Endocrine/Adrenal Cancer

ARUP offers molecular testing for multiple endocrine neoplasia (MEN) syndromes which are characterized by tumors involving multiple endocrine glands. Testing includes sequencing and deletion/duplication studies of the MEN1 gene, RET sequencing and specific RET mutation testing.  Additionally, the ARUP Scientific Resource for Research and Education hosts the MEN1 and MEN2 (RET) databases, which serve to record all MEN1 and RET sequence changes relevant to the multiple endocrine neoplasis syndromes, as well as any associated clinical information and pertinent literature references.
  • Chief, Division of Anatomic and Molecular Oncologic Pathology
    Dr. Bronner is a Carl R. Kjeldsberg presidential endowed professor of pathology at the University of Utah School of Medicine. Dr. Bronner received her MD from the University of Pennsylvania and completed her pathology residency training and chief residency at the Hospital of the University of Pennsylvania in Philadelphia. Dr. Bronner’s honors include her election as president of the GI Pathology Society, election as council member of the United States and Canadian Academy of Pathology, and, in 2005, the award of the Arthur Purdy Stout Prize, recognizing her work as a surgical pathologist under the age of 45 whose research publications have had a major impact on diagnostic pathology. Dr. Bronner is an editorial journal board member for Human Pathology and Modern Pathology. She has served as an investigator on numerous NIH and foundation grants over the course of her career and has published more than 100 peer-reviewed articles and numerous book chapters.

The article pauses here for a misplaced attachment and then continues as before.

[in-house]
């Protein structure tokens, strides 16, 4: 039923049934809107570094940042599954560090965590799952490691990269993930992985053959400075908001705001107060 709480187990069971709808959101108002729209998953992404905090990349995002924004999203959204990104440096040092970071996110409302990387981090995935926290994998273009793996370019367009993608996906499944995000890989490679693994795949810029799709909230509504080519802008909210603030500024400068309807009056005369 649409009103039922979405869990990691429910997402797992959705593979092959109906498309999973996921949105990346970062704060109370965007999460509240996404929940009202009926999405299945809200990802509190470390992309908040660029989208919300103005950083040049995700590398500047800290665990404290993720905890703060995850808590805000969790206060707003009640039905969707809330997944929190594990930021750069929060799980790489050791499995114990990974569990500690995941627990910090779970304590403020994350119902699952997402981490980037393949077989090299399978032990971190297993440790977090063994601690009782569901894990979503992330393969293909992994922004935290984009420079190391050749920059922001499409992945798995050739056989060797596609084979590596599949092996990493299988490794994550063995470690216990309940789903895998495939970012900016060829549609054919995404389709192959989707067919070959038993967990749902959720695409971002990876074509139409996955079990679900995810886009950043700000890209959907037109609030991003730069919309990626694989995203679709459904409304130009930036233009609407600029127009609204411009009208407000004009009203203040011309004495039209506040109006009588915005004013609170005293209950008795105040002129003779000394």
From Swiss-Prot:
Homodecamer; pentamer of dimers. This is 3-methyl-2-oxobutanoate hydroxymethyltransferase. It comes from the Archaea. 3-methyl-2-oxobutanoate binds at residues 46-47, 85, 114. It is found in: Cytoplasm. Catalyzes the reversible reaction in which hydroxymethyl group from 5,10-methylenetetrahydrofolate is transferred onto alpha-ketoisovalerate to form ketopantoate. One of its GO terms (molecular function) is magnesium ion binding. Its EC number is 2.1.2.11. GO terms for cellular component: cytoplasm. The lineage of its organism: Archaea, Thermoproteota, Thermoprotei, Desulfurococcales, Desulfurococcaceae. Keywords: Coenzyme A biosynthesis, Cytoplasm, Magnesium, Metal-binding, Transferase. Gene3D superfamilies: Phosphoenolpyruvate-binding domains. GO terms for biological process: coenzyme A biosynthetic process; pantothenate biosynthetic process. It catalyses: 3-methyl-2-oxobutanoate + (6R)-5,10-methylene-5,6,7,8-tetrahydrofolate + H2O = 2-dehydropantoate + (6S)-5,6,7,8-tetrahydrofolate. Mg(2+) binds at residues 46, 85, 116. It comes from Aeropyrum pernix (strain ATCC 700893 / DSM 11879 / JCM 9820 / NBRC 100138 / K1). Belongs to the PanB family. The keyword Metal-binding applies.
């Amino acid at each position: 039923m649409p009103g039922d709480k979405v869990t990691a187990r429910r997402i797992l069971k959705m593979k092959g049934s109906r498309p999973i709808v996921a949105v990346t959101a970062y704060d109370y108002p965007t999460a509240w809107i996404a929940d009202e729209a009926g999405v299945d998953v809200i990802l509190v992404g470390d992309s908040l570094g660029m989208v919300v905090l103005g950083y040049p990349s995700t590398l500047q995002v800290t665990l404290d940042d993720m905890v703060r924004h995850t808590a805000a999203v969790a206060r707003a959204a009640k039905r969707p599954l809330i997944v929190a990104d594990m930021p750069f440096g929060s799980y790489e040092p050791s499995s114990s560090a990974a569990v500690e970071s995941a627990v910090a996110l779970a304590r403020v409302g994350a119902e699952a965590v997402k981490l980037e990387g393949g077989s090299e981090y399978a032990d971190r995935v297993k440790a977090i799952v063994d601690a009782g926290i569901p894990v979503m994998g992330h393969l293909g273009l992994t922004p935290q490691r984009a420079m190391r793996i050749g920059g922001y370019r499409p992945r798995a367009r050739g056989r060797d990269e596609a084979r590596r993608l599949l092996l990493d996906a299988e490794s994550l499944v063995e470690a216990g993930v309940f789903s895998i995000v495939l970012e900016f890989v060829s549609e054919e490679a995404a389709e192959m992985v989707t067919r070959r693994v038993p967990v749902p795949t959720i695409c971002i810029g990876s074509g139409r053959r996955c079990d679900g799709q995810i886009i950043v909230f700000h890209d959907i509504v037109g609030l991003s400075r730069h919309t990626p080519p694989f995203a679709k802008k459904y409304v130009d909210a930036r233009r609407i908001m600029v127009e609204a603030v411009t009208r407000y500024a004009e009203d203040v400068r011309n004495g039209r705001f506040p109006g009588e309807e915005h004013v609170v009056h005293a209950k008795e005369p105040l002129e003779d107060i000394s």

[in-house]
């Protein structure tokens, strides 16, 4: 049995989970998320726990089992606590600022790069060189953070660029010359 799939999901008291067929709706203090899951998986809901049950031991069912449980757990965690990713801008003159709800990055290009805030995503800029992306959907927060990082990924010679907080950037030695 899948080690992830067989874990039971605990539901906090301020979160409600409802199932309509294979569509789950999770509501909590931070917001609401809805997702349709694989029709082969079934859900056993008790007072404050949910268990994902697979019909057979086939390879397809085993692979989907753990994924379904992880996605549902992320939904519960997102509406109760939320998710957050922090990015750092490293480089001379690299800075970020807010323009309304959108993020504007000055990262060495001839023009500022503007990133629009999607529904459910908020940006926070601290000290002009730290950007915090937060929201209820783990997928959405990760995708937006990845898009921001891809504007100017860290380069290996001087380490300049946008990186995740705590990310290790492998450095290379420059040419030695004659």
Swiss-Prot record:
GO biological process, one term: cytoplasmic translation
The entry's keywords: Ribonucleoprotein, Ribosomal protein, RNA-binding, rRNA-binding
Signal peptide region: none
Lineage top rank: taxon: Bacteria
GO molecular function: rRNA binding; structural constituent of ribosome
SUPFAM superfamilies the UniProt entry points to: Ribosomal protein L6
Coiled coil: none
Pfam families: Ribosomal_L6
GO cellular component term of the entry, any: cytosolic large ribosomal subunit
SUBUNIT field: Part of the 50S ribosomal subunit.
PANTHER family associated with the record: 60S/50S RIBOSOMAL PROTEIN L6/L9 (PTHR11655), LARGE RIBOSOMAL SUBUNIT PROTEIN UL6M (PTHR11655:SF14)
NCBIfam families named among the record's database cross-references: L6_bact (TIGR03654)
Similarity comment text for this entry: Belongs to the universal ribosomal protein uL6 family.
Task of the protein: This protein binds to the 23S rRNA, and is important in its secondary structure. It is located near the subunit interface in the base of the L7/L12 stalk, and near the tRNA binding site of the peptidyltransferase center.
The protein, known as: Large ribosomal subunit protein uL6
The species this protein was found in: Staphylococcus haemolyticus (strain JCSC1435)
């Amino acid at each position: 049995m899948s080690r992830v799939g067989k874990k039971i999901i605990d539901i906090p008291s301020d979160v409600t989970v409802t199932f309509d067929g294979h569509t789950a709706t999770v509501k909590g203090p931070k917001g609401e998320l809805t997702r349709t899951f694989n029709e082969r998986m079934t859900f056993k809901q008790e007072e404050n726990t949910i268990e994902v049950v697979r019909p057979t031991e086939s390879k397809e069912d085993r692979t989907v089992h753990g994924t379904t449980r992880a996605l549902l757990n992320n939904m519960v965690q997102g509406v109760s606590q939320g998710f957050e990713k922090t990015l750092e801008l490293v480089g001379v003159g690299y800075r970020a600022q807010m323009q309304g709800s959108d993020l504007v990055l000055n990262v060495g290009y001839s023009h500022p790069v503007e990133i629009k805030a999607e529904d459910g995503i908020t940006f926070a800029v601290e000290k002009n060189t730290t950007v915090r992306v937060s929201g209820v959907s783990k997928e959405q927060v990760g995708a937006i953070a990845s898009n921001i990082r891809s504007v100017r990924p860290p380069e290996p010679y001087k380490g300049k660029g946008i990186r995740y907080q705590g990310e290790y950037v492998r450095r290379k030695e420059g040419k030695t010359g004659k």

• Section Chief, Molecular Genetics and Genomics
    Dr. Mao is a professor of pathology at the University of Utah School of Medicine. She received her MD from Capital University of Medicine in Beijing, China and her MS in molecular pathology from Beijing Union Medical College. She is board certified by the American Board of Medical Genetics and Genomics, with a subspecialty in clinical molecular genetics, and certified with the New York State Department of Health, with a subspecialty in genetic testing. She is a member of several professional societies, including American College of Medical Genetics and Genomics, Association for Molecular Pathology, and American Society of Human Genetics. Currently she serves as the co-chair of the ClinGen Clinical Domain Metabolic Diseases Working Group. Her research interests include the genotype-phenotype correlations in inborn errors of metabolism and genetic diseases in the RAS/MAPK pathway; she is also involved with implementing next-generation sequencing techniques into molecular diagnostics.